Where: Belfry Theatre
When: March 11 to 24
Tickets: $20. 250-385-6815
When his parents attempted to arrange a bride for him, Ravi Jain was less than overjoyed.
“They tried to trap me and get me married” is how the Toronto playwright, director and actor explains it. Jain, 33, stars in A Brimful of Asha — one of the most anticipated shows at the Belfry Theatre’s Spark Festival.
The comedy, which co-stars Jain’s mother, Asha Jain, examines the real-life situation in which his parents tried to marry him off. It was six years ago, when Jain was preparing to travel to India. His parents, in keeping with that country’s traditions, decided it was a wonderful opportunity for him to meet potential brides.
One was a nice girl living in Mumbai.
“She was great, she was fine,” Jain said. “It just wasn’t going to happen.”
It’s no easy thing to defy one’s Indian parents. The situation caused a “pretty bad rift” between Jain and his folks. Happily, they were able to resolve it.
Later, Jain joked with his mother about the situation, saying he was going to write a one-man show. When his mother insisted audiences would side with her if only she could explain, Jain invited her to join the show.
So 62-year-old Asha Jain did, despite the fact she’d never acted before. A Brimful of Asha became a left-field hit, with two sold-out runs at Toronto’s Tarragon Theatre in 2012. The comedy returns to Tarragon in April, with bookings planned for Ottawa, Kamloops, Vancouver, the U.S. and the United Kingdom.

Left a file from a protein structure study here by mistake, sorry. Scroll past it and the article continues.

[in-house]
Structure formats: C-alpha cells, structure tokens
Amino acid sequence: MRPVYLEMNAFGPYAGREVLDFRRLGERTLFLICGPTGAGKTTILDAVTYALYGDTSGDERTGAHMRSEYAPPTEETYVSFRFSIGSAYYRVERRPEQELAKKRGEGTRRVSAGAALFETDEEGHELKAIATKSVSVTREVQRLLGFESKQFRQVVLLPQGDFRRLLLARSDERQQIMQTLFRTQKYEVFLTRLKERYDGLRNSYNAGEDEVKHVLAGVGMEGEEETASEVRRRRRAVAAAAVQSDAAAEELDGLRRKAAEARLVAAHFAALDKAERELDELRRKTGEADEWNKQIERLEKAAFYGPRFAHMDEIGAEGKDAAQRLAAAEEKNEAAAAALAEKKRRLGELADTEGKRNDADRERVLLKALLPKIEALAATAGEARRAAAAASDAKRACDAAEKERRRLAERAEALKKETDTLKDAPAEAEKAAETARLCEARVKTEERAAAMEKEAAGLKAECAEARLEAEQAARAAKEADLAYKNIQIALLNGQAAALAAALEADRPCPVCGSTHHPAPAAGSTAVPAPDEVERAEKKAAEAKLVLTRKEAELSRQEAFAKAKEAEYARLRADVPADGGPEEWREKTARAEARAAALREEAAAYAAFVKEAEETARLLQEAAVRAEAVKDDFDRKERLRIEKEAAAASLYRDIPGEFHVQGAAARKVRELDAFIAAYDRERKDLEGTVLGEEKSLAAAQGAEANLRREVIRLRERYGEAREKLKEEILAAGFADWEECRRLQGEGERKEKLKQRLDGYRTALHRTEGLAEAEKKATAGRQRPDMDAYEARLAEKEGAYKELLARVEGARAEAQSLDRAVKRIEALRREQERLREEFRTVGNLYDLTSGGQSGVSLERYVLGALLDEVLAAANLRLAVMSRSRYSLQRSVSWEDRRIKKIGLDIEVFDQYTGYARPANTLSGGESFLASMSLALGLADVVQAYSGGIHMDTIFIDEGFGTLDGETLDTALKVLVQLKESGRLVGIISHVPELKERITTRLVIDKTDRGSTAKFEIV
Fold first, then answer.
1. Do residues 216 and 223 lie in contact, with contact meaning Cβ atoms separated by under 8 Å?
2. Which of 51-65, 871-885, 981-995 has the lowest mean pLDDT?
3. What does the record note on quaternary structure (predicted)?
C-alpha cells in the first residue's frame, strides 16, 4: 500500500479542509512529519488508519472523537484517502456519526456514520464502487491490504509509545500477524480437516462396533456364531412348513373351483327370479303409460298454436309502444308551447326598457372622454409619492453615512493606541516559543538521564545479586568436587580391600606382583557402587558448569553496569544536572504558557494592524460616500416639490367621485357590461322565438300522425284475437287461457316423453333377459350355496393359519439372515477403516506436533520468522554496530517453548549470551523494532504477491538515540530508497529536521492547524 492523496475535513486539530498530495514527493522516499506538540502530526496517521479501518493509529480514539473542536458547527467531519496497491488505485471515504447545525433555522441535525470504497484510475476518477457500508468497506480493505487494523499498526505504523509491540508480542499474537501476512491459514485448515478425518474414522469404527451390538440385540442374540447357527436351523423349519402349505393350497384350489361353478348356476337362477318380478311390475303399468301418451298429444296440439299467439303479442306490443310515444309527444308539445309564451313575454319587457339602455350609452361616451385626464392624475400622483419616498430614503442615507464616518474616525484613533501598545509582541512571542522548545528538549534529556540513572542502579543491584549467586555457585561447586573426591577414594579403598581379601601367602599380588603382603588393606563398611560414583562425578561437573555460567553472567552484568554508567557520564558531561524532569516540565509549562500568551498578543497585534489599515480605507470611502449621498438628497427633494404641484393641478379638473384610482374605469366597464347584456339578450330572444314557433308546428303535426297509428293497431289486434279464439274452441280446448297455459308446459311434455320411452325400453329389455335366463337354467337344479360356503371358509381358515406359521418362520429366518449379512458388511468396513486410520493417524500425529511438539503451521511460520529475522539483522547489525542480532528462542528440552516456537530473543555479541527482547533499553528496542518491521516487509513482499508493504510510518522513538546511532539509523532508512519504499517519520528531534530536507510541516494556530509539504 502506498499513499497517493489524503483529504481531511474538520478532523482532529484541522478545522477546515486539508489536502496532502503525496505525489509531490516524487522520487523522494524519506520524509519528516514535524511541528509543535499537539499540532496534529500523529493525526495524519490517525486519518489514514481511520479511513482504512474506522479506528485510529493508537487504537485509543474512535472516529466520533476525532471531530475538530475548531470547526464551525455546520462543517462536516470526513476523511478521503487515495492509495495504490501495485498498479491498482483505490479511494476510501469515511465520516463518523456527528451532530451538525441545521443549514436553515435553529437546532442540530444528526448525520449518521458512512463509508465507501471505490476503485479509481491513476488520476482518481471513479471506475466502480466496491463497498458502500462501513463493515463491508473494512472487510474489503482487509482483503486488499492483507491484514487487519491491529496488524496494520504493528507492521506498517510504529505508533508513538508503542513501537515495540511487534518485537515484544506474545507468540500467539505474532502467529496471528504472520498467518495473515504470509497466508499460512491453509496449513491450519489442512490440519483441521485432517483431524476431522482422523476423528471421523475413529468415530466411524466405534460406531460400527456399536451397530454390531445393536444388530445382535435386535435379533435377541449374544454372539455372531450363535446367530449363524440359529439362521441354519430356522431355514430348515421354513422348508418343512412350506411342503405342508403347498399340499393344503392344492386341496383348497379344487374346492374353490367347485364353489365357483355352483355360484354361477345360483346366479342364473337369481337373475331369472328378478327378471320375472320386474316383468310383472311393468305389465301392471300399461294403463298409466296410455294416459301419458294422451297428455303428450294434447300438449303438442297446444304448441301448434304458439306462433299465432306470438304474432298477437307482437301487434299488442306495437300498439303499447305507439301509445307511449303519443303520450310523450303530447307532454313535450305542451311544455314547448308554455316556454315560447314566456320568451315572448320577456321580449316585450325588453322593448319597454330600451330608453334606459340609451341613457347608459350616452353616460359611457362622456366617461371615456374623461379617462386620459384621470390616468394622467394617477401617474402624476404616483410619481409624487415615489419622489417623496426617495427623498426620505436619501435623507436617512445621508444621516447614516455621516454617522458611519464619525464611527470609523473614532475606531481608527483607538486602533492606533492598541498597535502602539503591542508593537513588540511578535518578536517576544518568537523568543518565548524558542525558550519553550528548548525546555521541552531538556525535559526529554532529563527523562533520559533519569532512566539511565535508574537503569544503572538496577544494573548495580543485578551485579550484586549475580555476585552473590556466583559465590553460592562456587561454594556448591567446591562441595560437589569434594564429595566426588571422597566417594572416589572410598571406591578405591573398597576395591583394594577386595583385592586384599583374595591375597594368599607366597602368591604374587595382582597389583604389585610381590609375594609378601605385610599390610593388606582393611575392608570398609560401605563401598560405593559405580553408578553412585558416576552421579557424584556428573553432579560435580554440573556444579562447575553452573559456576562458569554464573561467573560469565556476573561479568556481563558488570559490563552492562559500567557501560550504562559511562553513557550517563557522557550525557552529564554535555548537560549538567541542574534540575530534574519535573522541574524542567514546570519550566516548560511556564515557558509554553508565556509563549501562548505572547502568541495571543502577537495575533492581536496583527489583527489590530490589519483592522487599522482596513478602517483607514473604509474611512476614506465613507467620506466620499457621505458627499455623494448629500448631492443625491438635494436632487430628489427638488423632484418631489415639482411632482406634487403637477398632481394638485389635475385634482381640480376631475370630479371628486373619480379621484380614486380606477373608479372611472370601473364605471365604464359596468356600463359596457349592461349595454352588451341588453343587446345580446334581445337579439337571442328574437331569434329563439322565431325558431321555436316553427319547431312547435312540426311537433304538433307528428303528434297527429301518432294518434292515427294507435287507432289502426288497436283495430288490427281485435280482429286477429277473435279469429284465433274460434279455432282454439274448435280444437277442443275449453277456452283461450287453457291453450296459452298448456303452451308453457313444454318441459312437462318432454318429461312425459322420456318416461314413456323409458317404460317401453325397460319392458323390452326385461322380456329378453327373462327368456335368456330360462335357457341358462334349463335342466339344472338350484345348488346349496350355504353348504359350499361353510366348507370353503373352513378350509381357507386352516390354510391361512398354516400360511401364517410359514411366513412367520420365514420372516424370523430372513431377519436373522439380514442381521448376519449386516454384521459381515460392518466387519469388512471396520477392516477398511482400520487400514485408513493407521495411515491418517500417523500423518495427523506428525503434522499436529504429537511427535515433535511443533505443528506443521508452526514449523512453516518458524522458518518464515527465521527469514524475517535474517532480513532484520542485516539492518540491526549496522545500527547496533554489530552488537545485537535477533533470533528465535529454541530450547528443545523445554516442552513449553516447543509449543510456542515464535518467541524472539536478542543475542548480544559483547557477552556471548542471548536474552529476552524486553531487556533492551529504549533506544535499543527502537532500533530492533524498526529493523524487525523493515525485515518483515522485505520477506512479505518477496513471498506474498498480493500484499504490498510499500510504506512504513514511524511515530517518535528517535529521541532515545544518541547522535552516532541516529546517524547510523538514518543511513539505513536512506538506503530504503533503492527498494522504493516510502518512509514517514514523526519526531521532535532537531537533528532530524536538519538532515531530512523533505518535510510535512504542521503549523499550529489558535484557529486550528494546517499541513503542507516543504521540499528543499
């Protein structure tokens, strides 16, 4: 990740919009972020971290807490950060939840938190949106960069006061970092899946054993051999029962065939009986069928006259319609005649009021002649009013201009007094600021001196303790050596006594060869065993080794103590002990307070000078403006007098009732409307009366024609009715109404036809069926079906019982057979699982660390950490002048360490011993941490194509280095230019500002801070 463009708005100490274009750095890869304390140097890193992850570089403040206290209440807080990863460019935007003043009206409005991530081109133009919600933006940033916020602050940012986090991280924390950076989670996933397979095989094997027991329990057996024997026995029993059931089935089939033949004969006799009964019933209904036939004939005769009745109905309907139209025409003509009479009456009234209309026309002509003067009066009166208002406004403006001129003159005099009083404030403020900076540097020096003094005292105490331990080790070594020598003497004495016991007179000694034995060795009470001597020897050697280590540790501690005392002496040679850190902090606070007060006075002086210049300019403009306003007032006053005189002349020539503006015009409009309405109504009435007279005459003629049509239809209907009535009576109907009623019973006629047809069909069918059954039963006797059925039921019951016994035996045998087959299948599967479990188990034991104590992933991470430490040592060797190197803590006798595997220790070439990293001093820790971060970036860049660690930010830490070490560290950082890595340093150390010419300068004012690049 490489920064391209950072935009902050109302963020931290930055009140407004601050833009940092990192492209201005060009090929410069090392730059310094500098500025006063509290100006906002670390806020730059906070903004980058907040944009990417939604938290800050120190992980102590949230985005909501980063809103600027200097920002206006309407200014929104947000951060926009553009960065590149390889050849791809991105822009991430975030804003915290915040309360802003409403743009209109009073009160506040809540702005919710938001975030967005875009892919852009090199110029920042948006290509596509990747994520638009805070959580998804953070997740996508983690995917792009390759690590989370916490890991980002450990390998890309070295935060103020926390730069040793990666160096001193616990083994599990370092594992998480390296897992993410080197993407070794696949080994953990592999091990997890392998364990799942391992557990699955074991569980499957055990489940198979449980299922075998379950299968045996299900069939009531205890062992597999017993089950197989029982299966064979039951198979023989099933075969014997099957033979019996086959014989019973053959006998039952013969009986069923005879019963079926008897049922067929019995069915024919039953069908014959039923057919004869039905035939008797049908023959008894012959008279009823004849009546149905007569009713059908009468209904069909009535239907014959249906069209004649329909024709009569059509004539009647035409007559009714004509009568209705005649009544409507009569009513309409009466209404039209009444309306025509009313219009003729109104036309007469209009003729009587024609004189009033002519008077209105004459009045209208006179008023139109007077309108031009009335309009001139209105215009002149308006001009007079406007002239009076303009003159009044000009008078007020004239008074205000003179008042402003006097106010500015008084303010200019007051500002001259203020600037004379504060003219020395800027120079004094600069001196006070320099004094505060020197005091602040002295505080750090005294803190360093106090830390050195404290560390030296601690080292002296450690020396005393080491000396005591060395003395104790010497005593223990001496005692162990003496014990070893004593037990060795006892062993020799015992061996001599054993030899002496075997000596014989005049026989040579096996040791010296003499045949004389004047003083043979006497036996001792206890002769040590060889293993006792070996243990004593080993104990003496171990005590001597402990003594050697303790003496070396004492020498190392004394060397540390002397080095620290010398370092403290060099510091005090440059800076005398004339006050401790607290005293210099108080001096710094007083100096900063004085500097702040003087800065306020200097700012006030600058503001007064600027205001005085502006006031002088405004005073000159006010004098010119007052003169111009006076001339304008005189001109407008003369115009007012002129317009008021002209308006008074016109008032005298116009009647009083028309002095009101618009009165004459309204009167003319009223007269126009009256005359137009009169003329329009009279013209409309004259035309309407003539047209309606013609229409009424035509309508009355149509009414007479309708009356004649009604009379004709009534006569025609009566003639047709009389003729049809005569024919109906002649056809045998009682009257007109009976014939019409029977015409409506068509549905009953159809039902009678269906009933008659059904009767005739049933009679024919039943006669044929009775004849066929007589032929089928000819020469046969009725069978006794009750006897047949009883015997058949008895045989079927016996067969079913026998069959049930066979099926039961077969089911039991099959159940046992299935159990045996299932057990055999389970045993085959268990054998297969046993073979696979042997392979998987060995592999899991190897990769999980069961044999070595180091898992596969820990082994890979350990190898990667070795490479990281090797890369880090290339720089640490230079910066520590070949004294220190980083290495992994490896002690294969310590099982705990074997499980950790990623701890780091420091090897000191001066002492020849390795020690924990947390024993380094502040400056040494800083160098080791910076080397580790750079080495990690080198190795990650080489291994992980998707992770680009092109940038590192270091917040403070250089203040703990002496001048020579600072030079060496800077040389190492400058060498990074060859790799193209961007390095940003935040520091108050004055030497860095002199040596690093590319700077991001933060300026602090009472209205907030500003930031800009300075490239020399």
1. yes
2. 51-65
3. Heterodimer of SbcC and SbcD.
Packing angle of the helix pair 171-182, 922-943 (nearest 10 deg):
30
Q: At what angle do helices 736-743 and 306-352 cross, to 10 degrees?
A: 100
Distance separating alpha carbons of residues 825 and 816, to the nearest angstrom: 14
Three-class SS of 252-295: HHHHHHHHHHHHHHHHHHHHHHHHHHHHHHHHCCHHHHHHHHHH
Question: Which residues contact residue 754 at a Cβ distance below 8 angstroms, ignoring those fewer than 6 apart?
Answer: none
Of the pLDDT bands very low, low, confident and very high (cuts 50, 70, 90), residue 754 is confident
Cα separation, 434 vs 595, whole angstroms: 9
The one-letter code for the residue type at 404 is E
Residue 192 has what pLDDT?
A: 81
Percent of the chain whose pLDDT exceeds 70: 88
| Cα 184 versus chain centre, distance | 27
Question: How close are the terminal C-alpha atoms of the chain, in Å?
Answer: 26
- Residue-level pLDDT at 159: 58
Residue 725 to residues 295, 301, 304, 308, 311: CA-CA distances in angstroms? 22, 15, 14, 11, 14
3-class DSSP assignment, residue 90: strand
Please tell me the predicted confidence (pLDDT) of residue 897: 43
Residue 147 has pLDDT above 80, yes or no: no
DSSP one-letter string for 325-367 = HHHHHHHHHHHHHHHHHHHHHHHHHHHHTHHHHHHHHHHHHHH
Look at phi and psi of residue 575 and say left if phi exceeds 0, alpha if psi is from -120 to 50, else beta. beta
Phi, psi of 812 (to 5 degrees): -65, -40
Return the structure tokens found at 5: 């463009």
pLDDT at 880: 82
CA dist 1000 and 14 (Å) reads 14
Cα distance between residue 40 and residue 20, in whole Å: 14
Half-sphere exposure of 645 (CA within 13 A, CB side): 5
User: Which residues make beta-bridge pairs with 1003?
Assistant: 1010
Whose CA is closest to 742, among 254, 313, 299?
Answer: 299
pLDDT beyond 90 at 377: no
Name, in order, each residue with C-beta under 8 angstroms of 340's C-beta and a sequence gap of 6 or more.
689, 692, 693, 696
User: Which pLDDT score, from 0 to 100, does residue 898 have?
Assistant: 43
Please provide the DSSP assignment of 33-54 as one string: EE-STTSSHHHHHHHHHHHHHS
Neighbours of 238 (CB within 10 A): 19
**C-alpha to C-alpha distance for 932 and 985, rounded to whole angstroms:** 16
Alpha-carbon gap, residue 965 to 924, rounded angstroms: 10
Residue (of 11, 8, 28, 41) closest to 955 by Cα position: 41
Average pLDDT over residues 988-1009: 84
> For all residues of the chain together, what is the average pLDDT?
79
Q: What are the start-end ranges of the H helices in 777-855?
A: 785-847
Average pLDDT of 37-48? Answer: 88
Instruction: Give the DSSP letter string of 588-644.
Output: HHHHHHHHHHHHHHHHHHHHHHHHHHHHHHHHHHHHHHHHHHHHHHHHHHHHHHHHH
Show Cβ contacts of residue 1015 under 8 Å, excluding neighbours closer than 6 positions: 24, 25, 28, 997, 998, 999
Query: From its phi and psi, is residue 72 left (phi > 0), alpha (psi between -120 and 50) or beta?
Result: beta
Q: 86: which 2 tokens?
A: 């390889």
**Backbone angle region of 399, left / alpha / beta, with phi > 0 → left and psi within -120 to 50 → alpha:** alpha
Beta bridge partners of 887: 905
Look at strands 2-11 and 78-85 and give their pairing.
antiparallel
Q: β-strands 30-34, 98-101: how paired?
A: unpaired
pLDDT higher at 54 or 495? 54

Jain says he knew his mother — an outgoing woman who chats with everyone — would perform well. He generously credits her with the show’s popularity.
“She’s my real mom; she’s not a trained actor. It’s just her ability to be so relaxed and charming,” he said.
The Belfry’s artistic director, Michael Shamata, identifies Jain as a rising theatre talent to watch. As well as A Brimful of Asha, shows at the Spark Festival include: Little One by Hannah Moscovitch (one of Canada’s big-buzz playwrights), Oh My Irma, written and performed by Haley McGee, and One by Jason Carnew. The festival also hosts new play readings, mini-plays and workshops.
Co-starring in Little One is Michelle Monteith, a University of Victoria theatre grad who’s now a busy Toronto-based actor. She and Joe Cobden play two adopted siblings whose relationship ranges from loving to self-destructive.
The role of Monteith’s emotionally damaged character, Claire, is complex, she said this week from Toronto.
“[Her brother] calls her a monster. She’s suffered too much trauma in her life,” Monteith said. “Trying to understand the behaviour and psychology of someone like that was definitely challenging.”
A new mother with a 10-month-old baby, Monteith will bring her mother along to babysit in Victoria while she’s working.
Shamata is equally excited about Oh My Irma and One. Oh My Irma is an award-winning show about a young woman who appears, bloodied and wounded, to defend a mysterious crime she’s committed. One is a “beautiful, very visual” piece that retells the Orpheus and Euridyce myth through the eyes of a librarian.
“This is the Belfry bringing in the best, most audacious work that’s happening elsewhere in the country,” Shamata said.
In 2012, attendance at Spark — now in its fifth season — topped 3,500.
“It felt like last year it finally took off,” said Shamata. “Like the seeds had been planted and it just suddenly shot up.”